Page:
SOURCES

Used in Audio

John James Audubon, “American Coot,” from Birds of America (1827-1838), Plate 239, accessed at the Audubon Web site, online at http://www.audubon.org/birds-of-america/american-coot.

Cornell University Lab of Ornithology, “All About Birds,” online at http://www.allaboutbirds.org. American Coot entry is online at https://www.allaboutbirds.org/guide/American_Coot/id.

Cornell University Lab of Ornithology and American Ornithologists’ Union, “Birds of North America Online,” online at http://bna.birds.cornell.edu/bna (subscription required).

Encyclopedia Britannica, “Coot,” online at https://www.britannica.com/animal/coot.

Larry Jordan, The Birders Report, “American Coots Take Off” (December 11, 2012), online at https://thebirdersreport.com/wild-birds/american-coots-take-off.

Alice Jane Lippson and Robert L. Lippson, Life in the Chesapeake Bay, Johns Hopkins University Press, Baltimore, Md. (2006).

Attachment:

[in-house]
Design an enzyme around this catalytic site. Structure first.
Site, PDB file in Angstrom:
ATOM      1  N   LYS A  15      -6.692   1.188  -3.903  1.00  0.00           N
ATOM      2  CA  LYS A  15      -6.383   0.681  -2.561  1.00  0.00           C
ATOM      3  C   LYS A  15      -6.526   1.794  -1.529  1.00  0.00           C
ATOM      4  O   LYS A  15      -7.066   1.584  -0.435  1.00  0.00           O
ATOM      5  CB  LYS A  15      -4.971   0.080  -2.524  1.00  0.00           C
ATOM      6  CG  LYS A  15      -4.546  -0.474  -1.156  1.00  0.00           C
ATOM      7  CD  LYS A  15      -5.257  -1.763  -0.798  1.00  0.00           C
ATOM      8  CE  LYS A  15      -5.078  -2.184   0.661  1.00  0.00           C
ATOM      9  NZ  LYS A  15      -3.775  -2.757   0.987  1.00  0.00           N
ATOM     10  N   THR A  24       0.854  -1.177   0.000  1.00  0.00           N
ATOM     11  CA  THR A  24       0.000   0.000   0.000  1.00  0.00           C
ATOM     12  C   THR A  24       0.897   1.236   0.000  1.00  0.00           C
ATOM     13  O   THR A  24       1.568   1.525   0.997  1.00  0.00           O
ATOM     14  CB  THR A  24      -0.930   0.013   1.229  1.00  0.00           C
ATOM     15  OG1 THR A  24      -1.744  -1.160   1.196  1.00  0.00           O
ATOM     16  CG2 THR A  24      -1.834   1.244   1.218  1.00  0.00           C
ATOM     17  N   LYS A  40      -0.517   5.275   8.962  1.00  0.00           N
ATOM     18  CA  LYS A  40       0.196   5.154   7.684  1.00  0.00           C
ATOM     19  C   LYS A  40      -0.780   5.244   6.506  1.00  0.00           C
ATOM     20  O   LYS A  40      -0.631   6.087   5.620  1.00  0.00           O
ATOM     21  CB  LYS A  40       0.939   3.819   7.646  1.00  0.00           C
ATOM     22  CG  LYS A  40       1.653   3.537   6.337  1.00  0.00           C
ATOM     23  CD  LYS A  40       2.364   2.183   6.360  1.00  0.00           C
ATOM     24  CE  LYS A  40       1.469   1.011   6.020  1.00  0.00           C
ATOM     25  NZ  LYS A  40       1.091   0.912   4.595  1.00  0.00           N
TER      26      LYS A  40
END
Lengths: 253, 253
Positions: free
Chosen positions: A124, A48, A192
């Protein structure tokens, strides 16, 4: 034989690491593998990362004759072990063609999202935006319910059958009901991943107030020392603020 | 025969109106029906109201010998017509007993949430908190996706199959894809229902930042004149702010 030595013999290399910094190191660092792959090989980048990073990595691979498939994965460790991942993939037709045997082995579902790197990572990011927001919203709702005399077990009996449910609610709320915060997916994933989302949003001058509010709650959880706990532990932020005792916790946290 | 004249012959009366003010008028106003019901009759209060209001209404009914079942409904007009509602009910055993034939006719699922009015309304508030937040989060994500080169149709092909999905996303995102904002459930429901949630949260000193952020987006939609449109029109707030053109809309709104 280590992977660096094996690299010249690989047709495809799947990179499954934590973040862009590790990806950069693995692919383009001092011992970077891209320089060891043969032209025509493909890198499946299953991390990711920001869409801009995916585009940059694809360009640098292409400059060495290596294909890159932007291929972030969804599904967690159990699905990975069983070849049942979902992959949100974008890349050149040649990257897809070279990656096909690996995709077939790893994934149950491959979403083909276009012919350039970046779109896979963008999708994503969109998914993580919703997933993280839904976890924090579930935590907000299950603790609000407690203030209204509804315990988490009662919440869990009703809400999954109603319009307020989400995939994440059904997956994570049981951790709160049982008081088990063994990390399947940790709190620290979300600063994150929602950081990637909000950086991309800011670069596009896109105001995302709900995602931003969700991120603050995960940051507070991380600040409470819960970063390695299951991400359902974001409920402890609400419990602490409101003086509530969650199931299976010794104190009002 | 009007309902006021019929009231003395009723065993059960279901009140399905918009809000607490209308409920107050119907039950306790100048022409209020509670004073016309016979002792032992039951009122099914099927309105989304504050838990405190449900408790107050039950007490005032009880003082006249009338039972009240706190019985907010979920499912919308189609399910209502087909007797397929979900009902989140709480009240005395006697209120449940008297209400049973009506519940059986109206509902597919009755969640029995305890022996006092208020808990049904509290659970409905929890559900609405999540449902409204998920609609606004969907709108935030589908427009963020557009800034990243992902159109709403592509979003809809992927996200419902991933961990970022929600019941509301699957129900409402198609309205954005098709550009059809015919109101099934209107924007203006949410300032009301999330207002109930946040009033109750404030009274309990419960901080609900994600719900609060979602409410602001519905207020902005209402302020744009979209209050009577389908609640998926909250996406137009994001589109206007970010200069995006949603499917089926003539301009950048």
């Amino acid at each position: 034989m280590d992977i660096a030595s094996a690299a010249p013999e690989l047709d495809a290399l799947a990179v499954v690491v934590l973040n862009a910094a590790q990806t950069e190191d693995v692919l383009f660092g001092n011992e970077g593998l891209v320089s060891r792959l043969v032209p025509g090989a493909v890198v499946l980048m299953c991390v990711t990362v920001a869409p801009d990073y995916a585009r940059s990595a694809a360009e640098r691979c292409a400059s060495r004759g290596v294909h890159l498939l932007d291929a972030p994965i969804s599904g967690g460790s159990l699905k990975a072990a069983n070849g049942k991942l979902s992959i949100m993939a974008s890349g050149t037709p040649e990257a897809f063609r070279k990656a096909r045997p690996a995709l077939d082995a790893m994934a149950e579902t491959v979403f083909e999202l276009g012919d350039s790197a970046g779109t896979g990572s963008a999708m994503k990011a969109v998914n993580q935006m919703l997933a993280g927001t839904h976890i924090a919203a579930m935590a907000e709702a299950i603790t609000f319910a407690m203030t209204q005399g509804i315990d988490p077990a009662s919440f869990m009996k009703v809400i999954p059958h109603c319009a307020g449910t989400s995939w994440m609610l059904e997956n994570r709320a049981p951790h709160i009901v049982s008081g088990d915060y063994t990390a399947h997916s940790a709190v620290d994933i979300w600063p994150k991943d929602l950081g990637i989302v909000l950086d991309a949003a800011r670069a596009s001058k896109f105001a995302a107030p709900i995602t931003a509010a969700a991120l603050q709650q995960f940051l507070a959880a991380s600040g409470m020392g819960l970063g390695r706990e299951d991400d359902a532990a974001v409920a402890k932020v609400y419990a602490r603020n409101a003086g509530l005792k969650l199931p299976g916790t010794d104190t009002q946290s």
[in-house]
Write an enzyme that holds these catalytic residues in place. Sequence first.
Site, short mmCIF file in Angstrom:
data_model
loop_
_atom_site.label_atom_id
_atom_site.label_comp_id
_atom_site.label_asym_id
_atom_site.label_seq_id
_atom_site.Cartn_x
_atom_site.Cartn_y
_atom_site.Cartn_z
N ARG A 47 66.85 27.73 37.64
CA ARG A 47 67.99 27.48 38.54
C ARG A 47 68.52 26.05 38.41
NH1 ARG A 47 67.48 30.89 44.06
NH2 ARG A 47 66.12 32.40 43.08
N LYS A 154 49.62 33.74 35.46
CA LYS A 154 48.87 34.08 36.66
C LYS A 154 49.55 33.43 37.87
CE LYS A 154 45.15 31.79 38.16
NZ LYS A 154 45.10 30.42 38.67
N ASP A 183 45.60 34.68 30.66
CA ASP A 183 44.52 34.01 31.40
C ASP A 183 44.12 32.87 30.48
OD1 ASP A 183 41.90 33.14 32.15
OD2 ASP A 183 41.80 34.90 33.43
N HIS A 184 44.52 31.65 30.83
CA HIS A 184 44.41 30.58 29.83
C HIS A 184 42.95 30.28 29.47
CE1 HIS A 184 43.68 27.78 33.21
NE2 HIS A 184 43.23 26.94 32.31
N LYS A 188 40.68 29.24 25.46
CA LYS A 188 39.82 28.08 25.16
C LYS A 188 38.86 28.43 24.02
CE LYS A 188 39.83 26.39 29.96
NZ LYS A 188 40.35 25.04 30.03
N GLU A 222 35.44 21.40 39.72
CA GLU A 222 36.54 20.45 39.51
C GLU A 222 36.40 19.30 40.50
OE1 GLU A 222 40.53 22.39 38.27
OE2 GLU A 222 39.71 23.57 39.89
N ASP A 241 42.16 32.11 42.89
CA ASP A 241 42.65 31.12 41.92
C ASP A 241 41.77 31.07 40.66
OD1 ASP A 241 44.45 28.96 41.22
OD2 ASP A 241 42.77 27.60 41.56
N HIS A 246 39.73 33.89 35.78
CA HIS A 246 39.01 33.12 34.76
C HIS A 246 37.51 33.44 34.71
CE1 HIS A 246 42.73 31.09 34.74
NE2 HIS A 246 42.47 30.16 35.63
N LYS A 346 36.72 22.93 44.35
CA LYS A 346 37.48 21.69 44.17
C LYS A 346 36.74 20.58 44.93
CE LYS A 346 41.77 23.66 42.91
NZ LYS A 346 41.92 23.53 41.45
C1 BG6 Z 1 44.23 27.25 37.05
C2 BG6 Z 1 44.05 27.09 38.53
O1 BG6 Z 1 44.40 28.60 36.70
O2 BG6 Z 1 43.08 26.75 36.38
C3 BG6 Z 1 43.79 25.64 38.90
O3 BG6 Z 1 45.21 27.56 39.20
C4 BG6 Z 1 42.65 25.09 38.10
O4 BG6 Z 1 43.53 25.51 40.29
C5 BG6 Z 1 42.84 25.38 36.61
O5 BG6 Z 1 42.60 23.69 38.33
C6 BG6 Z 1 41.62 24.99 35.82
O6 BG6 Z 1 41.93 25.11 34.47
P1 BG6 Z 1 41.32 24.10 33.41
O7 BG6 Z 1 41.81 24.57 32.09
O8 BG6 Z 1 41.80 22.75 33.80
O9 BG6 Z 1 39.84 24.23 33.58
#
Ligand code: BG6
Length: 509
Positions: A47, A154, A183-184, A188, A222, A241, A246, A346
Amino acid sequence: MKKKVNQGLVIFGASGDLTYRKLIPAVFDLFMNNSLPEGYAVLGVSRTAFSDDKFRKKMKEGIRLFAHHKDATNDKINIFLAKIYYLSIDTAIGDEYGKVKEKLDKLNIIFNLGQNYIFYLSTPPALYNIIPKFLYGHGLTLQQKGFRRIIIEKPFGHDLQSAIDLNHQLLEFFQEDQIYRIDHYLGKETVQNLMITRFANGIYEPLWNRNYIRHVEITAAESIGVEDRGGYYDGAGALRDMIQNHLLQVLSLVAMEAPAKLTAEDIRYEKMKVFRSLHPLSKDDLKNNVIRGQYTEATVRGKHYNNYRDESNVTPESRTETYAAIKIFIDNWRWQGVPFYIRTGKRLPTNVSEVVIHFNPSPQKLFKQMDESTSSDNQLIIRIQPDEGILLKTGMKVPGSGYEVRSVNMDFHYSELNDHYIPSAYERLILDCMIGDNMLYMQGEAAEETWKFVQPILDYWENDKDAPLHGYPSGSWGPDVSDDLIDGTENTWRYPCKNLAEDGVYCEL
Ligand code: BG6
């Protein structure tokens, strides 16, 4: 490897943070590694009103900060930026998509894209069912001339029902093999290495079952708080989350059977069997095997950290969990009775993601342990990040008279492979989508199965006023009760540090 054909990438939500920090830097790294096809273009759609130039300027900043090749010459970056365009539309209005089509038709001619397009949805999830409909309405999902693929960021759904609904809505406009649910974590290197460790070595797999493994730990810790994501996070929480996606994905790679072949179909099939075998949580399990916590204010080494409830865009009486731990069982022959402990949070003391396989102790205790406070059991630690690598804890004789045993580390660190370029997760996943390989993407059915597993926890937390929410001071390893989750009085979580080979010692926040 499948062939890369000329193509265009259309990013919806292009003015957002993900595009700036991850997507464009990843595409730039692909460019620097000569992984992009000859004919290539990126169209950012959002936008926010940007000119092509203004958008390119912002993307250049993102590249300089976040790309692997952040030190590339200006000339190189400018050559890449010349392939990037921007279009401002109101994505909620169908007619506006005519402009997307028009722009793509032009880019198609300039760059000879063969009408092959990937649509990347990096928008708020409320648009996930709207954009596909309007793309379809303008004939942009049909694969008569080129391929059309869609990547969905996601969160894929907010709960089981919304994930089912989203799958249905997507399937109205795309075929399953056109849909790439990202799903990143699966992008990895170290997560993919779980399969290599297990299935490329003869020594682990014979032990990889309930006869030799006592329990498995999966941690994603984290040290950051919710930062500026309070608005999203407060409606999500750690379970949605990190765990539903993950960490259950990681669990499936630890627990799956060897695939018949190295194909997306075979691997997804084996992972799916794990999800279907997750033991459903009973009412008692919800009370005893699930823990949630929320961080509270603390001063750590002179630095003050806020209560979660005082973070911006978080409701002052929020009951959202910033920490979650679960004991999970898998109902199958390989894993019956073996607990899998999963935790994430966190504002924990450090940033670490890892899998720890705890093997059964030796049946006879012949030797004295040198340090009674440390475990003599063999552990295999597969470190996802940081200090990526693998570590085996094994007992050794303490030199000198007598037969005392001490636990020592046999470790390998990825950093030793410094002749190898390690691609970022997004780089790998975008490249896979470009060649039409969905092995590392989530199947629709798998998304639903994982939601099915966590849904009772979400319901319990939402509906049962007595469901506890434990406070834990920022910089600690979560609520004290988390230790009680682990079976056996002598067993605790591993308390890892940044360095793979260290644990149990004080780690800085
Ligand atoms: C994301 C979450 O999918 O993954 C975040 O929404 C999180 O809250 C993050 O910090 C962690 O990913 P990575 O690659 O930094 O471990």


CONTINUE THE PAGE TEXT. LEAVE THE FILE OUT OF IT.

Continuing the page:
Chandler S. Robbins et al., A Guide to Field Identification of Birds of North America, St. Martin’s Press, New York, N.Y., 2001.

Stan Tekiela, Birds of Virginia Field Guide, Adventure Publications, Inc., Cambridge, Minn., 2002.

U.S. Fish and Wildlife Service/McNary National Wildlife Refuge (Washington), “American Coots” (as of April 2015), online at https://www.fws.gov/refuge/McNary/Wildlife_Habitat/Coots.html.

Valerie Van Way, “Approaches to Coot Management in California,” Proceedings of the Twelfth Vertebrate Pest Conference, March 1986, online at http://digitalcommons.unl.edu/cgi/viewcontent.cgi?article=1061&context=vpc12.